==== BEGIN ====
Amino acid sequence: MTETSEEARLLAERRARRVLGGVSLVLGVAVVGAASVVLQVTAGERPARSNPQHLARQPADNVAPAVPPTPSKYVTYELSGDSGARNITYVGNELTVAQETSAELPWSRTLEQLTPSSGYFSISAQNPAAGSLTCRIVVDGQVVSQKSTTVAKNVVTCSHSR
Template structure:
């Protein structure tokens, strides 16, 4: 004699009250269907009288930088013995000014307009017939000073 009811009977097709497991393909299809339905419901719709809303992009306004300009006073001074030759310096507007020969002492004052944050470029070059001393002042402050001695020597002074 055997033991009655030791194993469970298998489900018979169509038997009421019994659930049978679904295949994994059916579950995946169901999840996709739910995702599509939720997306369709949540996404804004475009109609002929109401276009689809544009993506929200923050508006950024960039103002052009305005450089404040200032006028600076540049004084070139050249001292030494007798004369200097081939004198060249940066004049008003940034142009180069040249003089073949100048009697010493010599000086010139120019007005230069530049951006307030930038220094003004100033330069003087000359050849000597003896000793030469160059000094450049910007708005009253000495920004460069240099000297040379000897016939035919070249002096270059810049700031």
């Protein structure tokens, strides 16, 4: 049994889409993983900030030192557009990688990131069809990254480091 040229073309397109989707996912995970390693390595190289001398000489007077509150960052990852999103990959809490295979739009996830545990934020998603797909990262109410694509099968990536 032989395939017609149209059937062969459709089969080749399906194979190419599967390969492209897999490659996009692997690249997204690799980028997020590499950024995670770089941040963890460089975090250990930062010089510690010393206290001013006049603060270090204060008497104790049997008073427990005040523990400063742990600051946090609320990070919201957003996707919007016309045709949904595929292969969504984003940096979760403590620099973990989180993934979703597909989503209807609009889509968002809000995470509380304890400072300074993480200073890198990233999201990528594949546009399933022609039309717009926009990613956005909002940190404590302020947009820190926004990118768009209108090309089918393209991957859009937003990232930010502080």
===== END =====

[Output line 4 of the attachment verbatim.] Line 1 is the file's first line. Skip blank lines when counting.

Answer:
């Protein structure tokens, strides 16, 4: 049994889409993983900030030192557009990688990131069809990254480091 040229073309397109989707996912995970390693390595190289001398000489007077509150960052990852999103990959809490295979739009996830545990934020998603797909990262109410694509099968990536 032989395939017609149209059937062969459709089969080749399906194979190419599967390969492209897999490659996009692997690249997204690799980028997020590499950024995670770089941040963890460089975090250990930062010089510690010393206290001013006049603060270090204060008497104790049997008073427990005040523990400063742990600051946090609320990070919201957003996707919007016309045709949904595929292969969504984003940096979760403590620099973990989180993934979703597909989503209807609009889509968002809000995470509380304890400072300074993480200073890198990233999201990528594949546009399933022609039309717009926009990613956005909002940190404590302020947009820190926004990118768009209108090309089918393209991957859009937003990232930010502080």